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Developing biocultural indicators for resource management

Abstract : Resource management and conservation interventions are increasingly embracing social–ecological systems (SES) concepts. While SES frameworks recognize the connectedness of humans and nature, many fail to acknowledge the complex role of sociocultural factors in influencing people's interactions with the environment. As such, when indicators in SES frameworks are used to measure the social dimen- sion, easy to measure, socioeconomic indicators are the norms, while more com- plex social and cultural indicators are rare. To develop meaningful indicators of resilience in SES we need to understand local definitions of resilience. In this paper we describe methods used in a biocultural approach to illuminate sociocultural fac- tors that Pacific Islanders identify as important for resilient communities. We focus specifically on two dimensions of sociocultural factors, “Connectedness to People and Place” and “Indigenous and local knowledges, skills, practices, values and worldviews,” which relate to many interventions, but are not usually monitored. We offer examples of indicators that may be appropriate to measure under these dimensions. Increased use of biocultural indicators will bring additional insight on the types and combinations of indicators that work best in given contexts.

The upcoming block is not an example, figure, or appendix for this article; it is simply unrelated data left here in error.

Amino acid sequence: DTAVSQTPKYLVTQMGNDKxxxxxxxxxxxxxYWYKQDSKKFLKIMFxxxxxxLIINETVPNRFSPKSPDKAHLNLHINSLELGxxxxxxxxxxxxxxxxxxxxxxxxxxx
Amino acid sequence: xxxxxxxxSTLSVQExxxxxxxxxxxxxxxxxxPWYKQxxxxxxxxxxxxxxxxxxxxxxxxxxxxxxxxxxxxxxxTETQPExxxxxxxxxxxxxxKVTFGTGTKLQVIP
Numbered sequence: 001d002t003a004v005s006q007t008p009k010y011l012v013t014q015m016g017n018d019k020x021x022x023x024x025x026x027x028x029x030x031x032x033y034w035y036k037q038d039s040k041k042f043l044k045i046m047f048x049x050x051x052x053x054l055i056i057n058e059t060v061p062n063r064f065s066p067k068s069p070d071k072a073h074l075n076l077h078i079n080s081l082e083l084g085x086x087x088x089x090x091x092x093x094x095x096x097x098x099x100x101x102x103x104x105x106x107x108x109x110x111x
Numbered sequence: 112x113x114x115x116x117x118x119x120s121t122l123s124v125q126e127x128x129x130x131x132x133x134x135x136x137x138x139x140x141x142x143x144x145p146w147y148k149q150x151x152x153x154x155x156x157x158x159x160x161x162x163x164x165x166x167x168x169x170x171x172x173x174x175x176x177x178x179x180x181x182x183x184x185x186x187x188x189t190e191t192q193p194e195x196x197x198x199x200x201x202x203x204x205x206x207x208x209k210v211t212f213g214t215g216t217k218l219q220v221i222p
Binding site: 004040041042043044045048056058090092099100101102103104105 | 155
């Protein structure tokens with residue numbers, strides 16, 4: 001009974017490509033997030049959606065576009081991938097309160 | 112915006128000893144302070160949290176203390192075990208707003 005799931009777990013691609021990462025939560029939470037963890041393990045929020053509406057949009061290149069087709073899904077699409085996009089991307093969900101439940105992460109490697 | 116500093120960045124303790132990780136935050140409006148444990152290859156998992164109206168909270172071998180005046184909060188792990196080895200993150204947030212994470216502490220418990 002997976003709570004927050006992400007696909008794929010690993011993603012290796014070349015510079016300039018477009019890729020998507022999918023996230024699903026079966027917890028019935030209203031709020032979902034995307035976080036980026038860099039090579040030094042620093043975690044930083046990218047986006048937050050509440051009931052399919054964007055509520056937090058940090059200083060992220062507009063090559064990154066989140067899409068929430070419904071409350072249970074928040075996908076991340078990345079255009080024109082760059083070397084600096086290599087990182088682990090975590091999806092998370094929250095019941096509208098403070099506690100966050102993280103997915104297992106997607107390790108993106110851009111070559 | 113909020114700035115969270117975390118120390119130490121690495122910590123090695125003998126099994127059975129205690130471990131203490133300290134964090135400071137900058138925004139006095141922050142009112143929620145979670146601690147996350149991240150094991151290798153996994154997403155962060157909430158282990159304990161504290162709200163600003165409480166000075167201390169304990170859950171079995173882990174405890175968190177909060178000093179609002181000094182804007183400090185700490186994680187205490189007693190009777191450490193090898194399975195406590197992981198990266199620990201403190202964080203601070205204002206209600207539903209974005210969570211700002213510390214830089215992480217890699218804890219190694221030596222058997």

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Submitted on : Wednesday, June 5, 2019 - 2:29:16 PM
Last modification on : Wednesday, October 7, 2020 - 10:04:28 AM

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Rachel Dacks, Tamara Ticktin, | Mawyer, Sophie Caillon, Joachim Claudet, et al.. Developing biocultural indicators for resource management. Conservation Science and Practice, 2019, 1 (6), pp.e38. ⟨10.1111/csp2.38⟩. ⟨hal-02148372⟩



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